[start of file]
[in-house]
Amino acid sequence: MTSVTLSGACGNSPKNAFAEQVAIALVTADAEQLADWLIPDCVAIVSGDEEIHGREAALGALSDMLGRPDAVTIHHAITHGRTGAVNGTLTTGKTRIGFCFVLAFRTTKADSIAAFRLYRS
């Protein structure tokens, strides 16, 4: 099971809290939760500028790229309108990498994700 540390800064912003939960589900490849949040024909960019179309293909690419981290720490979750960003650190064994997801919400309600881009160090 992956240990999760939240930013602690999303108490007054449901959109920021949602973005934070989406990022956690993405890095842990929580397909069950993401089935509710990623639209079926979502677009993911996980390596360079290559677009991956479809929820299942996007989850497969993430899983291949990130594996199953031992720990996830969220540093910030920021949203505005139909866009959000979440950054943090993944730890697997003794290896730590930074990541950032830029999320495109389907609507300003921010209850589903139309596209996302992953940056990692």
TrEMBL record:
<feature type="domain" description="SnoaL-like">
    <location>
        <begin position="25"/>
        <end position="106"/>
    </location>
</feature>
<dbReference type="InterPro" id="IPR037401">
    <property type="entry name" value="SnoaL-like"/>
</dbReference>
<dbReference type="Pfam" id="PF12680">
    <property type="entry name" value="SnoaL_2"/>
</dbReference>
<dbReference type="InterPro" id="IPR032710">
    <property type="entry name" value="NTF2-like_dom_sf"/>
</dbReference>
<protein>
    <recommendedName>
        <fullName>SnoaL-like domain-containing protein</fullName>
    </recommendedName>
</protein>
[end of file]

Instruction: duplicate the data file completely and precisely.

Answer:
[in-house]
Amino acid sequence: MTSVTLSGACGNSPKNAFAEQVAIALVTADAEQLADWLIPDCVAIVSGDEEIHGREAALGALSDMLGRPDAVTIHHAITHGRTGAVNGTLTTGKTRIGFCFVLAFRTTKADSIAAFRLYRS
């Protein structure tokens, strides 16, 4: 099971809290939760500028790229309108990498994700 540390800064912003939960589900490849949040024909960019179309293909690419981290720490979750960003650190064994997801919400309600881009160090 992956240990999760939240930013602690999303108490007054449901959109920021949602973005934070989406990022956690993405890095842990929580397909069950993401089935509710990623639209079926979502677009993911996980390596360079290559677009991956479809929820299942996007989850497969993430899983291949990130594996199953031992720990996830969220540093910030920021949203505005139909866009959000979440950054943090993944730890697997003794290896730590930074990541950032830029999320495109389907609507300003921010209850589903139309596209996302992953940056990692």
TrEMBL record:
<feature type="domain" description="SnoaL-like">
    <location>
        <begin position="25"/>
        <end position="106"/>
    </location>
</feature>
<dbReference type="InterPro" id="IPR037401">
    <property type="entry name" value="SnoaL-like"/>
</dbReference>
<dbReference type="Pfam" id="PF12680">
    <property type="entry name" value="SnoaL_2"/>
</dbReference>
<dbReference type="InterPro" id="IPR032710">
    <property type="entry name" value="NTF2-like_dom_sf"/>
</dbReference>
<protein>
    <recommendedName>
        <fullName>SnoaL-like domain-containing protein</fullName>
    </recommendedName>
</protein>